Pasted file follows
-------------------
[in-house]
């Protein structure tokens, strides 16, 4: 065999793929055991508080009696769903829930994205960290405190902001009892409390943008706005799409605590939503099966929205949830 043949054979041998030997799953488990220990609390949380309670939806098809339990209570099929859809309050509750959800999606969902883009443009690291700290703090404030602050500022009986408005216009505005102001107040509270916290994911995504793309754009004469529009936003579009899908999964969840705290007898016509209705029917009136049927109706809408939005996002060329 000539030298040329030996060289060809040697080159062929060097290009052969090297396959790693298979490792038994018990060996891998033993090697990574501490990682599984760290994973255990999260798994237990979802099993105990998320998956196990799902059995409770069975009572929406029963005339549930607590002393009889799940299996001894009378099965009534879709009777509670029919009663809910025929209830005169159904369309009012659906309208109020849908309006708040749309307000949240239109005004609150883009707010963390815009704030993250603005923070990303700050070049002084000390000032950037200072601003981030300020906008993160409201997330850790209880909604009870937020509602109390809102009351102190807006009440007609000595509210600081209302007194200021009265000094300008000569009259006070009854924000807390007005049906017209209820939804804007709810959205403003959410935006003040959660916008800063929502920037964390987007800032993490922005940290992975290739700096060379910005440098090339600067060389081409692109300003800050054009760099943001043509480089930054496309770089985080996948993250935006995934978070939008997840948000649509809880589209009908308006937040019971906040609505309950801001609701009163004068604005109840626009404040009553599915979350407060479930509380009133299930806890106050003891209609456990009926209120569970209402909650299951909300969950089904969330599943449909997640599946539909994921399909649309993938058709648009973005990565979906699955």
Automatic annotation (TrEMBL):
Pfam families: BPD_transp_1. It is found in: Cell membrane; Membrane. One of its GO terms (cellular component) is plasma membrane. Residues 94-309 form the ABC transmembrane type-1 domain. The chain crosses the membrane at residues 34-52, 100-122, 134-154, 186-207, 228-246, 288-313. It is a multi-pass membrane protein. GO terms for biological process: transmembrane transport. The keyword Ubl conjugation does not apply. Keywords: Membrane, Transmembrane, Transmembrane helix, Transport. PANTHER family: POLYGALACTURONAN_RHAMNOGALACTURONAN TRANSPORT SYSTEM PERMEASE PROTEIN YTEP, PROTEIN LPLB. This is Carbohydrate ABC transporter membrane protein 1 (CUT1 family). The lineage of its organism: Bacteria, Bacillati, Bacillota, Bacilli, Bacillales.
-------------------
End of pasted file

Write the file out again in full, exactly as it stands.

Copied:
[in-house]
């Protein structure tokens, strides 16, 4: 065999793929055991508080009696769903829930994205960290405190902001009892409390943008706005799409605590939503099966929205949830 043949054979041998030997799953488990220990609390949380309670939806098809339990209570099929859809309050509750959800999606969902883009443009690291700290703090404030602050500022009986408005216009505005102001107040509270916290994911995504793309754009004469529009936003579009899908999964969840705290007898016509209705029917009136049927109706809408939005996002060329 000539030298040329030996060289060809040697080159062929060097290009052969090297396959790693298979490792038994018990060996891998033993090697990574501490990682599984760290994973255990999260798994237990979802099993105990998320998956196990799902059995409770069975009572929406029963005339549930607590002393009889799940299996001894009378099965009534879709009777509670029919009663809910025929209830005169159904369309009012659906309208109020849908309006708040749309307000949240239109005004609150883009707010963390815009704030993250603005923070990303700050070049002084000390000032950037200072601003981030300020906008993160409201997330850790209880909604009870937020509602109390809102009351102190807006009440007609000595509210600081209302007194200021009265000094300008000569009259006070009854924000807390007005049906017209209820939804804007709810959205403003959410935006003040959660916008800063929502920037964390987007800032993490922005940290992975290739700096060379910005440098090339600067060389081409692109300003800050054009760099943001043509480089930054496309770089985080996948993250935006995934978070939008997840948000649509809880589209009908308006937040019971906040609505309950801001609701009163004068604005109840626009404040009553599915979350407060479930509380009133299930806890106050003891209609456990009926209120569970209402909650299951909300969950089904969330599943449909997640599946539909994921399909649309993938058709648009973005990565979906699955």
Automatic annotation (TrEMBL):
Pfam families: BPD_transp_1. It is found in: Cell membrane; Membrane. One of its GO terms (cellular component) is plasma membrane. Residues 94-309 form the ABC transmembrane type-1 domain. The chain crosses the membrane at residues 34-52, 100-122, 134-154, 186-207, 228-246, 288-313. It is a multi-pass membrane protein. GO terms for biological process: transmembrane transport. The keyword Ubl conjugation does not apply. Keywords: Membrane, Transmembrane, Transmembrane helix, Transport. PANTHER family: POLYGALACTURONAN_RHAMNOGALACTURONAN TRANSPORT SYSTEM PERMEASE PROTEIN YTEP, PROTEIN LPLB. This is Carbohydrate ABC transporter membrane protein 1 (CUT1 family). The lineage of its organism: Bacteria, Bacillati, Bacillota, Bacilli, Bacillales.